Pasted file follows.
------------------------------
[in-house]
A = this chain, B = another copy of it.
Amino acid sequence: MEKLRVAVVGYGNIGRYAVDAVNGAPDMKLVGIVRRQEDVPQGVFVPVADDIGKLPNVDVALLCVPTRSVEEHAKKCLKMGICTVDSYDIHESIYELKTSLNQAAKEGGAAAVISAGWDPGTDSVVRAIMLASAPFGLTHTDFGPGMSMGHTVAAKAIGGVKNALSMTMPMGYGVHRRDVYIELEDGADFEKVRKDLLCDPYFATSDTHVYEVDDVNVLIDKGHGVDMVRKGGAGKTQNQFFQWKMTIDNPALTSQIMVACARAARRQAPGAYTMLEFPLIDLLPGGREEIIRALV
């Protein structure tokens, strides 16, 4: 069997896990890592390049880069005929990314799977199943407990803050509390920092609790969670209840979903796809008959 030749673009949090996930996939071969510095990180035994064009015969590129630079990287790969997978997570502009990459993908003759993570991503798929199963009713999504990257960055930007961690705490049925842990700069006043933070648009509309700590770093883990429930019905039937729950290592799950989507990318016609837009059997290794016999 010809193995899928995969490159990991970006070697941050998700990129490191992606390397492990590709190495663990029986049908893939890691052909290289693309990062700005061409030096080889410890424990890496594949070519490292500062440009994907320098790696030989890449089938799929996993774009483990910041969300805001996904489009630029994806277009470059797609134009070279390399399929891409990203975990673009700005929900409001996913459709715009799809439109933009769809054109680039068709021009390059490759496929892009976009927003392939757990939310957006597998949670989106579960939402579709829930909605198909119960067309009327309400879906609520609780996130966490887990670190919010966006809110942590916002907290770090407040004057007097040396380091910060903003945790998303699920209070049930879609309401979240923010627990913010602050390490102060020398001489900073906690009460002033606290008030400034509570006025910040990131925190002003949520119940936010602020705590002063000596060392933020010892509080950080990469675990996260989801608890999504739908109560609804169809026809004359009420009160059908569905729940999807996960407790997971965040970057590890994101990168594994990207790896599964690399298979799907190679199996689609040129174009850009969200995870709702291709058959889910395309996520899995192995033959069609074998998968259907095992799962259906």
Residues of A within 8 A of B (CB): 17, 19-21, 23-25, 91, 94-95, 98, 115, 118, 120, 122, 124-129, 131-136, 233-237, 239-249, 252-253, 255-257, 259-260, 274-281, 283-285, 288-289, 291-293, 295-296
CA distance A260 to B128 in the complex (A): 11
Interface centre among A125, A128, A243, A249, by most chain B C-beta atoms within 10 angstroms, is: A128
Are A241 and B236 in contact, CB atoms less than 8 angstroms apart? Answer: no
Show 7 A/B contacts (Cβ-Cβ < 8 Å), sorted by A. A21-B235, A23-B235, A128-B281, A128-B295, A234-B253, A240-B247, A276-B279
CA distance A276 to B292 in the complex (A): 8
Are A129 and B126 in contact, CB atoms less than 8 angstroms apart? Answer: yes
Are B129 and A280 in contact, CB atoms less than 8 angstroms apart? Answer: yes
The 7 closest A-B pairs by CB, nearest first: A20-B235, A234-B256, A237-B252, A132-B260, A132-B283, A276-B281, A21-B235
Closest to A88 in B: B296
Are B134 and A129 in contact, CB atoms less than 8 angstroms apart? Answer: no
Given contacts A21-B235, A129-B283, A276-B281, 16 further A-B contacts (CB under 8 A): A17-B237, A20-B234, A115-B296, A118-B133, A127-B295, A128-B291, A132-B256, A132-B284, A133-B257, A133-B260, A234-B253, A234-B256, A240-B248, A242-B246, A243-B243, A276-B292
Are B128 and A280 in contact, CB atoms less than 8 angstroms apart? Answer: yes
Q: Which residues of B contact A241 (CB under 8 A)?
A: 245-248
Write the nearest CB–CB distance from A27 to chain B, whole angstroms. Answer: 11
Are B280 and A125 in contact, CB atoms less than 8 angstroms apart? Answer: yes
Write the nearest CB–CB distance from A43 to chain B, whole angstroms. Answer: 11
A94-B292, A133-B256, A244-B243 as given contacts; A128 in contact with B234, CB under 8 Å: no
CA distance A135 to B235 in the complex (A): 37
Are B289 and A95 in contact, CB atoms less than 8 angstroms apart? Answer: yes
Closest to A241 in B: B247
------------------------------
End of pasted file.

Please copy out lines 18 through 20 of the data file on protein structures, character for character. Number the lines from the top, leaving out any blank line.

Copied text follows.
Q: Which residues of B contact A241 (CB under 8 A)?
A: 245-248
Write the nearest CB–CB distance from A27 to chain B, whole angstroms. Answer: 11